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Good Governance – Part 2: The Area of Good Governance


This is the second part of a two part essay on good governance. You can find the first part at [4].

For brevity, I’m going to invent an acronym: “AGG” for Area of Good Governance. An AGG is a jurisdiction which has acquired, or is in the process of acquiring, good governance. That is to say, a region of the world, in which the political state has been or is being dismantled. And in which that state has been, or is being, replaced by governance which maintains peace, defends the rights of civilized people, justly resolves disputes, and does no more.

Some may dismiss the ideas I put forward here as Utopian. To them, I say: No radical idea can be realized, until it has been communicated to those who stand to benefit from it. And no vision can be passed on to anyone, unless it has first been articulated. That is my purpose today; to offer, as best I can, my vision of how an AGG might be constructed. Read more

Good Governance – Part 1: The functions of good governance


A few months ago, I published an essay titled “Rights and Obligations” [1]. There, I sought to develop a list of obligations of civilized people towards others of their kind, and the rights which flow from them. More recently, in “Conviviality” [2] I tried, building on the ideas of Frank van Dun and Hans-Hermann Hoppe, to sketch how it might be possible for civilized people to live together, and to resolve their disputes, without any need for a state or a “sovereign.”

This is the third essay in the series. It’s in two parts, published separately. Part 1 looks at what such a system of minimal government ought to do, and gives a list of things it must not do. And in part 2, I’ll try to suggest some ingredients, and perhaps even some recipes, for better government. “The Minarchist’s Cookbook,” if you will. Read more

“Bad news coming” thought Winston…


Christopher Houseman

No, not the impending cuts of so many public payroll salaries (some of which have jobs associated with them), but rather a certain commonality in the Coalition about the motives for their present course of action.

Nick Clegg has assured the LibDems that he doesn’t want to cut the state for the sake of cutting it. No, he wants to cut it so he can rebuild the state differently. Likewise, Liam Fox has informed the Tories that he doesn’t want to cut defence and nor does David Cameron (cue Tory applause) – but at the moment, he has no choice.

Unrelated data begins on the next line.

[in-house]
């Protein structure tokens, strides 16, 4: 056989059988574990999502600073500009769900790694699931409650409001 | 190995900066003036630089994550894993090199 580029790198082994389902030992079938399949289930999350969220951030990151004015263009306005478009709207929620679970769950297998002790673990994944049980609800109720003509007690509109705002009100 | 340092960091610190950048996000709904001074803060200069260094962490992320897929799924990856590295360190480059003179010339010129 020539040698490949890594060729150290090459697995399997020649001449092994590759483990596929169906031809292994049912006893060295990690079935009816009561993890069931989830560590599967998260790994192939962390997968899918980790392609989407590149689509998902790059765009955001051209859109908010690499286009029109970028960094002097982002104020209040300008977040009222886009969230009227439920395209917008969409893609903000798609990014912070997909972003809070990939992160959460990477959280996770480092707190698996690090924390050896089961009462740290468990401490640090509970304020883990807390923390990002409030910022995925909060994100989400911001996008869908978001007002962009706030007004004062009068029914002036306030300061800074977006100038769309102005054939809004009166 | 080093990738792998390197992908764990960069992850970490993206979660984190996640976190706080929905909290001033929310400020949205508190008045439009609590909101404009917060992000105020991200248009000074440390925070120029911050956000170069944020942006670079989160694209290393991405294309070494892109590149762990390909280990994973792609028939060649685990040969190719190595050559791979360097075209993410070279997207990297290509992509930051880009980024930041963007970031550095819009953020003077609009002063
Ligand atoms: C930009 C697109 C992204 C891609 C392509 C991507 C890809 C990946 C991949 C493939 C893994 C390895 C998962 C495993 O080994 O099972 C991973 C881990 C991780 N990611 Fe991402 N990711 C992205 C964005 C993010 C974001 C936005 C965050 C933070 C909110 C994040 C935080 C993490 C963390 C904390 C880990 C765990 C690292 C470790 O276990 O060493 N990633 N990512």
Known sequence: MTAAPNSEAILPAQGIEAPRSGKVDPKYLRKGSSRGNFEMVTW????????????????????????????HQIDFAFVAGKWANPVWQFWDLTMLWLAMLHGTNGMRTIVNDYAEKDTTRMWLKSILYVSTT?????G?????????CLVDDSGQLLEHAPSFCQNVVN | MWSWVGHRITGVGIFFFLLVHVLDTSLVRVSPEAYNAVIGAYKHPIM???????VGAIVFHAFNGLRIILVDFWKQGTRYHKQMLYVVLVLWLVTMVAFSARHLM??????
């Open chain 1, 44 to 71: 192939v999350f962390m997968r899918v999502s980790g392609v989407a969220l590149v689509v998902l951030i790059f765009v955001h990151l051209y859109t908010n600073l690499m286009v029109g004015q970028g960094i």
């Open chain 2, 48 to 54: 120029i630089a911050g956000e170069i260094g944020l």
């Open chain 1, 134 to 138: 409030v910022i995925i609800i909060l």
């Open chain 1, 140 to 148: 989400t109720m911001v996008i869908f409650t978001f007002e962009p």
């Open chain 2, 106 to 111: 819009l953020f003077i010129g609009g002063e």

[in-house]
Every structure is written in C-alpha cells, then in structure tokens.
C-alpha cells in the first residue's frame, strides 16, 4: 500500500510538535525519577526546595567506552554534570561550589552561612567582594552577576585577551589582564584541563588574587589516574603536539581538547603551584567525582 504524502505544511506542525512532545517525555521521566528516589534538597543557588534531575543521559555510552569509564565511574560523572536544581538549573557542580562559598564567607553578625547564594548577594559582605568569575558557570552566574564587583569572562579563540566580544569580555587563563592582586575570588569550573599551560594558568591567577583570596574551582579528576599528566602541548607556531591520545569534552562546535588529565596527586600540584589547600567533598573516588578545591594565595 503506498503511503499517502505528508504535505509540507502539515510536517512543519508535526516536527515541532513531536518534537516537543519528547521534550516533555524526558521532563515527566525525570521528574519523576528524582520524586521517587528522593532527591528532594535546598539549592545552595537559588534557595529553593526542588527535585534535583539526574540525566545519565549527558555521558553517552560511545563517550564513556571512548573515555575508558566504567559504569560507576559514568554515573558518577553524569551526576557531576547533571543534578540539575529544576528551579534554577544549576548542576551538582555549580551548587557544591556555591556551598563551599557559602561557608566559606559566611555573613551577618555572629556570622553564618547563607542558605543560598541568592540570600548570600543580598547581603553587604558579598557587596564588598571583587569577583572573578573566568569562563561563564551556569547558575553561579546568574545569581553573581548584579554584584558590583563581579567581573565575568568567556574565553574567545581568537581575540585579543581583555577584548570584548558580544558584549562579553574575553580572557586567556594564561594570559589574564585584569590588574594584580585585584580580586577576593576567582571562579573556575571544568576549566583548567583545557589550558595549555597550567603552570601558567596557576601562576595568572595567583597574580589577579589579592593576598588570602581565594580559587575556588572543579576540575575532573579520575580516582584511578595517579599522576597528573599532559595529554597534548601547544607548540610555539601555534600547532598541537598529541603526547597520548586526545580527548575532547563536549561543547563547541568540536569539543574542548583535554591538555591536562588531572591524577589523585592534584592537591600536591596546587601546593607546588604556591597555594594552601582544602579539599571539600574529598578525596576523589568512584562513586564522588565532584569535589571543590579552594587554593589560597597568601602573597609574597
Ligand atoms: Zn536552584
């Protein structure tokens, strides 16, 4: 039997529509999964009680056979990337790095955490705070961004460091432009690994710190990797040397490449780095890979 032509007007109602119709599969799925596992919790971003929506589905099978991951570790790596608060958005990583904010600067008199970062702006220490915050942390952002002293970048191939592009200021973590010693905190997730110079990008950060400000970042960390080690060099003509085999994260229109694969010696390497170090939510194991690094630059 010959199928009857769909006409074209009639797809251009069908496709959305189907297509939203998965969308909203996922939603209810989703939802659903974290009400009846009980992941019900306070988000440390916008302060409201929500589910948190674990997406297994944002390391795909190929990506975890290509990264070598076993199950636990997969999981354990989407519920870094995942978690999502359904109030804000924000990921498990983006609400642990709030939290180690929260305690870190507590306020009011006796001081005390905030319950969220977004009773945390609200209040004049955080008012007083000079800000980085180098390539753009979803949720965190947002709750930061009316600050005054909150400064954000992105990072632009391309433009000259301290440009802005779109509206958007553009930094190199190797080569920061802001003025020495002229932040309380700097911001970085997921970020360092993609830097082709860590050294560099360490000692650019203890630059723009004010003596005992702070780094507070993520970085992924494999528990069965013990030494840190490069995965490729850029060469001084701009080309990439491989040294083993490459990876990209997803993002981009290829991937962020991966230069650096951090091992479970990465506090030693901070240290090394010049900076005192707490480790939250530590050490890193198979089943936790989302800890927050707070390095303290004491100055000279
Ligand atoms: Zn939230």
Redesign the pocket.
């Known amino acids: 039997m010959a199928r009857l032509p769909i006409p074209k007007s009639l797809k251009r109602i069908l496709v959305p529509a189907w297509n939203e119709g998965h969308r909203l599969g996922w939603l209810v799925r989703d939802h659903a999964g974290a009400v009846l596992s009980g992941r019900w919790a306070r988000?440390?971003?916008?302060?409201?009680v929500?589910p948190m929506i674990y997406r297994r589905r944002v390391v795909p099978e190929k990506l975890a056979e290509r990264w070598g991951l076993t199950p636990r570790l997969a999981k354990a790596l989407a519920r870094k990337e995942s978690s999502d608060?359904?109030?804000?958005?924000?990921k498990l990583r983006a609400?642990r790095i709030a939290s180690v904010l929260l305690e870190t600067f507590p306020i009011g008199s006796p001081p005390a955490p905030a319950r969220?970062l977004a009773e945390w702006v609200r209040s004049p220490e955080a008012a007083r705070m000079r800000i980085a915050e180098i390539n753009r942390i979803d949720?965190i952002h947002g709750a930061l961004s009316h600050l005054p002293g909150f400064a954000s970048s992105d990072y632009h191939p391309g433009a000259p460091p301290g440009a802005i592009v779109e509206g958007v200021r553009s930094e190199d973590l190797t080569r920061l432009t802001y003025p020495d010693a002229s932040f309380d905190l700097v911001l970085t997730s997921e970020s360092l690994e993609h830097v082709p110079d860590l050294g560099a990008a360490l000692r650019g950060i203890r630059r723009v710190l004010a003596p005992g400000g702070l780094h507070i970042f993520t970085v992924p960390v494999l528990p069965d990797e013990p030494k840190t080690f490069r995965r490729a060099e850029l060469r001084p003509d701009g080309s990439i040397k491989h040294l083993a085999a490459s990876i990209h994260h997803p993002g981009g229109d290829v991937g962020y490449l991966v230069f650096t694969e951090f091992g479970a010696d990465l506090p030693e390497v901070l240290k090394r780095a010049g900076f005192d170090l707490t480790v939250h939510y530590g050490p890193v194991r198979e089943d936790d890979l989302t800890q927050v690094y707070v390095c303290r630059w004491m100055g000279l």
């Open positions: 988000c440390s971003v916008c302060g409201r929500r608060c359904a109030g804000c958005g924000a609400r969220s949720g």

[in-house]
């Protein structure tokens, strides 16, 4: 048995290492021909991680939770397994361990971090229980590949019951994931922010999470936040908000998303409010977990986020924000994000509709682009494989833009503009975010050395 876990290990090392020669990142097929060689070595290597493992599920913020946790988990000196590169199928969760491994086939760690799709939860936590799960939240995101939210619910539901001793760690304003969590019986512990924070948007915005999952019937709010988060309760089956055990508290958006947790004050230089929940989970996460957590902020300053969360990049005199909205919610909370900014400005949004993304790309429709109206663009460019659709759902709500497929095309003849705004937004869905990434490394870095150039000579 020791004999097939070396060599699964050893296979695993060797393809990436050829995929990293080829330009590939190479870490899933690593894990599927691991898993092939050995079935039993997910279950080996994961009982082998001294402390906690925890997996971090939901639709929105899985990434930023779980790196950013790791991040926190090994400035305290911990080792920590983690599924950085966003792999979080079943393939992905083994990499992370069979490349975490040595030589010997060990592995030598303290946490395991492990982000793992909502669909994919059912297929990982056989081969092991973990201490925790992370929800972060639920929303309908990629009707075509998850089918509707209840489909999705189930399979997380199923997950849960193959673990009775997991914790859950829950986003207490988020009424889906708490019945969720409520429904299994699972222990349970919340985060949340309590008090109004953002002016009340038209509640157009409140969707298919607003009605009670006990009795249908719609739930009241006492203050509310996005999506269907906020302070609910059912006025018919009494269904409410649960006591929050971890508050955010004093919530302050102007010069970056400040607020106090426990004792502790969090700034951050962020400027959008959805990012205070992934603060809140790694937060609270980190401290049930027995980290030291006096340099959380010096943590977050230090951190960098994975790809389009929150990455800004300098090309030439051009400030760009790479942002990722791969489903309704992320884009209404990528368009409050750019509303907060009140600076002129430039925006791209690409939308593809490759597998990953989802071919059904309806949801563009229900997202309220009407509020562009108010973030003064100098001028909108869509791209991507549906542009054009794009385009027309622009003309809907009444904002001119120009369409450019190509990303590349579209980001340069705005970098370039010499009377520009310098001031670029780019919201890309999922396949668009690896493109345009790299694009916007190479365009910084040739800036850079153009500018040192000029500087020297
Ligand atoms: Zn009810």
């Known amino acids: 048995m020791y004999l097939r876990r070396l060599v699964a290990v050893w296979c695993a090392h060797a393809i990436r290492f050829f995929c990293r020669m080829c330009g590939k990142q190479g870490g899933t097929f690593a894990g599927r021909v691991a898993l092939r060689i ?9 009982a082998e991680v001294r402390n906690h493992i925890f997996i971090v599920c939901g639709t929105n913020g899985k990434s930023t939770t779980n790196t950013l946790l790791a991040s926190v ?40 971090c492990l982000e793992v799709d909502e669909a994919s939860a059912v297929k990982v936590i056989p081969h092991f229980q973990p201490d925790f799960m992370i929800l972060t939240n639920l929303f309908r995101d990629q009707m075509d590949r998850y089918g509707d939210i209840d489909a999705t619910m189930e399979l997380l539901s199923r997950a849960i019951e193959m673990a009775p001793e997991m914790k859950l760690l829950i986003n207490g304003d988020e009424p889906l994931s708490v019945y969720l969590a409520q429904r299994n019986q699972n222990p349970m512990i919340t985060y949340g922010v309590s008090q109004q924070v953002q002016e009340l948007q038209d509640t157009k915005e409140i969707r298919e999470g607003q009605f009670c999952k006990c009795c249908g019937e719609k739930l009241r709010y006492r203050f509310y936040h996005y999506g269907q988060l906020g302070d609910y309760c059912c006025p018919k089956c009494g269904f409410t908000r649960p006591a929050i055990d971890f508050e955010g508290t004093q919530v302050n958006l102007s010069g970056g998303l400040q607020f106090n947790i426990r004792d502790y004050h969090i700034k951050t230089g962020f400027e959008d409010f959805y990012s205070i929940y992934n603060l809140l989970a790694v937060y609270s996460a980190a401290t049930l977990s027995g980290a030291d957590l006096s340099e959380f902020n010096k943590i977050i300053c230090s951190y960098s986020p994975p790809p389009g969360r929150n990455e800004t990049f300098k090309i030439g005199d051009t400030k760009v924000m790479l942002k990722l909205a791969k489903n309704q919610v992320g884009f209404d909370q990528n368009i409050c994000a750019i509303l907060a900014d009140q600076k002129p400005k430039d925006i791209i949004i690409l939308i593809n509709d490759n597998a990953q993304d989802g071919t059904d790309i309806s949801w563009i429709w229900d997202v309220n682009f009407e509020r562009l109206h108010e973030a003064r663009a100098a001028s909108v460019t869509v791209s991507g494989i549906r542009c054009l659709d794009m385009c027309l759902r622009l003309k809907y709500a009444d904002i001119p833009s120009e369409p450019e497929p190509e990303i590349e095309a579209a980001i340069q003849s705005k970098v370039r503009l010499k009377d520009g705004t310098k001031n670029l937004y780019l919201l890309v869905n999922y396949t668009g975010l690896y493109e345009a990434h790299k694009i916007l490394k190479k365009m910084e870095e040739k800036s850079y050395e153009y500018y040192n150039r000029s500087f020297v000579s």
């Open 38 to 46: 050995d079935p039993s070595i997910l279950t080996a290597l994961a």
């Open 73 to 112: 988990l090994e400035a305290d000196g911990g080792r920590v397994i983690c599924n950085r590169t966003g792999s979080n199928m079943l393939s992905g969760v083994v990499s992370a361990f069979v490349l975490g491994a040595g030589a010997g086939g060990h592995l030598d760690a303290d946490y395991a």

Thus is the libertarian ideal of a smaller state smeared in the eyes of political activists and the wider public as a necessary evil, a stopping-off point to be endured on the road to the sunny uplands of a reshaped and re-expanded State tomorrow.

Unless libertarians can convincingly and appealingly present to the public the truly joyous reality of being able to work (or not) as we please, with whom we please, to offer goods and services we’re proud of to whomever we please, libertarians will remain marginalised and misunderstood. They’ll be seen as an articulate but callous bunch, perversely rejoicing over the wider dislocation and misery caused by the State’s champions ditching the minions they think they can most easily do without.

When faced with people determined to do exactly the wrong thing, Lenin’s “The worse the better” dictum may be an accurate response to their failures. But it’s no way to market anything to anyone.

PS. I note the Tories’ pledge to let headteachers discipline children for misbehaviour on the way to and from school. I leave the last word on this news to John Taylor Gatto:

As schooling encroaches further and further into family and personal life, monopolizing the development of mind and character, children become human resources at the disposal of whatever form of governance is dominant at the moment.